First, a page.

Water We Cannot See: Codifying a Progressive Public Trust to Protect Groundwater Resources from Depletion
Groundwater provides a vital water supply and plays an integral role in hydrological systems by supporting biodiversity and the overall health and functioning of surface waters. Yet, the current legal landscape in the United States premises groundwater management on outdated scientific understandings of hydrology and fails to adequately protect critical groundwater resources. Moreover, states differ significantly in their groundwater management practices despite the interstate nature of many aquifers. As climate change exacerbates stress to groundwater resources, many of the United States’ largest aquifers rapidly approach depletion.
The public trust doctrine may provide a mechanism to regulate groundwater resources in the United States. While the public trust doctrine traditionally applies only to navigable surface water, this Note demonstrates that codification of public trust principles could, and should, expand the doctrine to include groundwater. This Note proposes a federal codified groundwater protection statute rooted in public trust principles. A federally codified groundwater trust would provide the necessary standards to achieve more unified groundwater management. By requiring the government to act as groundwater trustee, this Note’s proposed groundwater trust would facilitate the protection of rapidly depleting groundwater resources to ensure water availability well into the future.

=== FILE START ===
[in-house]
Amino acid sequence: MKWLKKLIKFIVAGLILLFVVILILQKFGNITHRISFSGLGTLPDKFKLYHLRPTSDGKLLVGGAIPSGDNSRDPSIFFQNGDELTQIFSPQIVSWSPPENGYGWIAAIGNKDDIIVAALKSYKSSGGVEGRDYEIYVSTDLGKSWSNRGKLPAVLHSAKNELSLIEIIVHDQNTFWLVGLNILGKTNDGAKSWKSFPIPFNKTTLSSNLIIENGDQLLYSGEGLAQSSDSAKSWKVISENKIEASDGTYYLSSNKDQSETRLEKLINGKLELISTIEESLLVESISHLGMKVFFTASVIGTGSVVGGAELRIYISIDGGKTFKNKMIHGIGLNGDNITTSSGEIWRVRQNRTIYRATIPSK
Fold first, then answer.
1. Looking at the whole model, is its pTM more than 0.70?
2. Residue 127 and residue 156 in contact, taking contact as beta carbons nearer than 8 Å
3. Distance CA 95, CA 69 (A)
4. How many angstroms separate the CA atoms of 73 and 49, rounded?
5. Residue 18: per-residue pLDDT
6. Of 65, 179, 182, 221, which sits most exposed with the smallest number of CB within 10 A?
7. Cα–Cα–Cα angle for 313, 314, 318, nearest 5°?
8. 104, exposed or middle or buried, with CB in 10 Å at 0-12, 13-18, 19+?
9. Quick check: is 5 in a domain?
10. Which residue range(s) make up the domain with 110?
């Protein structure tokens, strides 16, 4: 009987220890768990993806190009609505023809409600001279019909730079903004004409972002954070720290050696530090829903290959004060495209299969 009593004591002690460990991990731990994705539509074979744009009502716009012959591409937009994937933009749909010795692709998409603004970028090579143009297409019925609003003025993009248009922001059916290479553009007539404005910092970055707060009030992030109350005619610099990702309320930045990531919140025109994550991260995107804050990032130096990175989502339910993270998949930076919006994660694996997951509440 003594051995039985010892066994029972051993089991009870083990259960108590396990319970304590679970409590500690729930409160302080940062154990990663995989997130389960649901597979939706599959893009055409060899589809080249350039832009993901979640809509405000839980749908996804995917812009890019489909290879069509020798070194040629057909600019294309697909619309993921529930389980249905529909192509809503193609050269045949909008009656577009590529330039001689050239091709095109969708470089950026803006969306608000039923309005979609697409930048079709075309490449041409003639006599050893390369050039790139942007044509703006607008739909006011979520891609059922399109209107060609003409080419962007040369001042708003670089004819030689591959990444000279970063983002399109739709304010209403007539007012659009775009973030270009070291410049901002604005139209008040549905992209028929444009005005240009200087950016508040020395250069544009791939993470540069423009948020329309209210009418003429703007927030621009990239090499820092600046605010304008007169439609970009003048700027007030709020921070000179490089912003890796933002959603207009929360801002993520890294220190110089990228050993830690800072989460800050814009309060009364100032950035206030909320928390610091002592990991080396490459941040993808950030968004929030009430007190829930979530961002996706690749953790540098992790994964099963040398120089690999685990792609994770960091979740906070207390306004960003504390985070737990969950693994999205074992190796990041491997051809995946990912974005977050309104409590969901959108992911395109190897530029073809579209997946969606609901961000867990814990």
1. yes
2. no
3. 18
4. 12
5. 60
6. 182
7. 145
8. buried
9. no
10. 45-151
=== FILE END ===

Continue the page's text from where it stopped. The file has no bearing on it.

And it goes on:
Susan E. Ness,
Water We Cannot See: Codifying a Progressive Public Trust to Protect Groundwater Resources from Depletion,
76 Vanderbilt Law Review
Available at: https://scholarship.law.vanderbilt.edu/vlr/vol76/iss3/5